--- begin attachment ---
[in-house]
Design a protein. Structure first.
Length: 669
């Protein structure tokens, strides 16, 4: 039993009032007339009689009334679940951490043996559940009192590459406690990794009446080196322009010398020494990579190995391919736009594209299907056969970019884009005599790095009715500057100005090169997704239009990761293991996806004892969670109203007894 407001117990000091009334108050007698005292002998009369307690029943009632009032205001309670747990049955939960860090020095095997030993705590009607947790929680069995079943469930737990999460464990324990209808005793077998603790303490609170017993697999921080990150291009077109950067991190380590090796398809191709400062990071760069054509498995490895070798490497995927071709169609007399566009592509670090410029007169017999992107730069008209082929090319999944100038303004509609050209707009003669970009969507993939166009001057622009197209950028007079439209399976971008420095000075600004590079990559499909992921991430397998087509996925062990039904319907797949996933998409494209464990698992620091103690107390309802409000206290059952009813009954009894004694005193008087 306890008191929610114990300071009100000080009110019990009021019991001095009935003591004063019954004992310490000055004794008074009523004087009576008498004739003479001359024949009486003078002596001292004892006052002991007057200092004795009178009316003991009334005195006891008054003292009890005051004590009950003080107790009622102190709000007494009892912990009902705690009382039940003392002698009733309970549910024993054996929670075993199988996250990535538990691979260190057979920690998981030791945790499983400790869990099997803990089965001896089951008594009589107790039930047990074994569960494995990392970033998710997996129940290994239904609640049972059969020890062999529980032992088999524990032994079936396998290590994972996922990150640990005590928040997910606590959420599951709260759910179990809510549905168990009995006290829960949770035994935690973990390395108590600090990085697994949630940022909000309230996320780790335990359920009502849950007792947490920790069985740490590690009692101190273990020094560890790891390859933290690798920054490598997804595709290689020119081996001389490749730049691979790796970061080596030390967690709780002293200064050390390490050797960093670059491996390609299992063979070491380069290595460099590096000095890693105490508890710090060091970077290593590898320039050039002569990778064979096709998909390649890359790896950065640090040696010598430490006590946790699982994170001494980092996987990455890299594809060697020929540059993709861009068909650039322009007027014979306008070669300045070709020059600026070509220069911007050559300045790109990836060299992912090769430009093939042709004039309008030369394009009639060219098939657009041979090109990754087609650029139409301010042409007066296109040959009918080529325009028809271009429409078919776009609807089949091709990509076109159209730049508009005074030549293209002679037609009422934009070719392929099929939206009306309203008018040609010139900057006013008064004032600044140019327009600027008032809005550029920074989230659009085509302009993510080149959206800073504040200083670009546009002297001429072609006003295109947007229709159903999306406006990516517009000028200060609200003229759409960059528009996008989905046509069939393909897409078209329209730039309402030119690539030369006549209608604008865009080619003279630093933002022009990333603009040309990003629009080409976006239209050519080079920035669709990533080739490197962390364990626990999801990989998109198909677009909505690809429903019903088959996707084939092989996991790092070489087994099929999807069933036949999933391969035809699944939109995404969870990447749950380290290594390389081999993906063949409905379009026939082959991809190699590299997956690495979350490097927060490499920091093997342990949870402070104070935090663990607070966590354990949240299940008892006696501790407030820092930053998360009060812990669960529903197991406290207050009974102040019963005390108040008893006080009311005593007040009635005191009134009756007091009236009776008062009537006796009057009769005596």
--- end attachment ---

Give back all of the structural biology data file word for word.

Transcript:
[in-house]
Design a protein. Structure first.
Length: 669
């Protein structure tokens, strides 16, 4: 039993009032007339009689009334679940951490043996559940009192590459406690990794009446080196322009010398020494990579190995391919736009594209299907056969970019884009005599790095009715500057100005090169997704239009990761293991996806004892969670109203007894 407001117990000091009334108050007698005292002998009369307690029943009632009032205001309670747990049955939960860090020095095997030993705590009607947790929680069995079943469930737990999460464990324990209808005793077998603790303490609170017993697999921080990150291009077109950067991190380590090796398809191709400062990071760069054509498995490895070798490497995927071709169609007399566009592509670090410029007169017999992107730069008209082929090319999944100038303004509609050209707009003669970009969507993939166009001057622009197209950028007079439209399976971008420095000075600004590079990559499909992921991430397998087509996925062990039904319907797949996933998409494209464990698992620091103690107390309802409000206290059952009813009954009894004694005193008087 306890008191929610114990300071009100000080009110019990009021019991001095009935003591004063019954004992310490000055004794008074009523004087009576008498004739003479001359024949009486003078002596001292004892006052002991007057200092004795009178009316003991009334005195006891008054003292009890005051004590009950003080107790009622102190709000007494009892912990009902705690009382039940003392002698009733309970549910024993054996929670075993199988996250990535538990691979260190057979920690998981030791945790499983400790869990099997803990089965001896089951008594009589107790039930047990074994569960494995990392970033998710997996129940290994239904609640049972059969020890062999529980032992088999524990032994079936396998290590994972996922990150640990005590928040997910606590959420599951709260759910179990809510549905168990009995006290829960949770035994935690973990390395108590600090990085697994949630940022909000309230996320780790335990359920009502849950007792947490920790069985740490590690009692101190273990020094560890790891390859933290690798920054490598997804595709290689020119081996001389490749730049691979790796970061080596030390967690709780002293200064050390390490050797960093670059491996390609299992063979070491380069290595460099590096000095890693105490508890710090060091970077290593590898320039050039002569990778064979096709998909390649890359790896950065640090040696010598430490006590946790699982994170001494980092996987990455890299594809060697020929540059993709861009068909650039322009007027014979306008070669300045070709020059600026070509220069911007050559300045790109990836060299992912090769430009093939042709004039309008030369394009009639060219098939657009041979090109990754087609650029139409301010042409007066296109040959009918080529325009028809271009429409078919776009609807089949091709990509076109159209730049508009005074030549293209002679037609009422934009070719392929099929939206009306309203008018040609010139900057006013008064004032600044140019327009600027008032809005550029920074989230659009085509302009993510080149959206800073504040200083670009546009002297001429072609006003295109947007229709159903999306406006990516517009000028200060609200003229759409960059528009996008989905046509069939393909897409078209329209730039309402030119690539030369006549209608604008865009080619003279630093933002022009990333603009040309990003629009080409976006239209050519080079920035669709990533080739490197962390364990626990999801990989998109198909677009909505690809429903019903088959996707084939092989996991790092070489087994099929999807069933036949999933391969035809699944939109995404969870990447749950380290290594390389081999993906063949409905379009026939082959991809190699590299997956690495979350490097927060490499920091093997342990949870402070104070935090663990607070966590354990949240299940008892006696501790407030820092930053998360009060812990669960529903197991406290207050009974102040019963005390108040008893006080009311005593007040009635005191009134009756007091009236009776008062009537006796009057009769005596």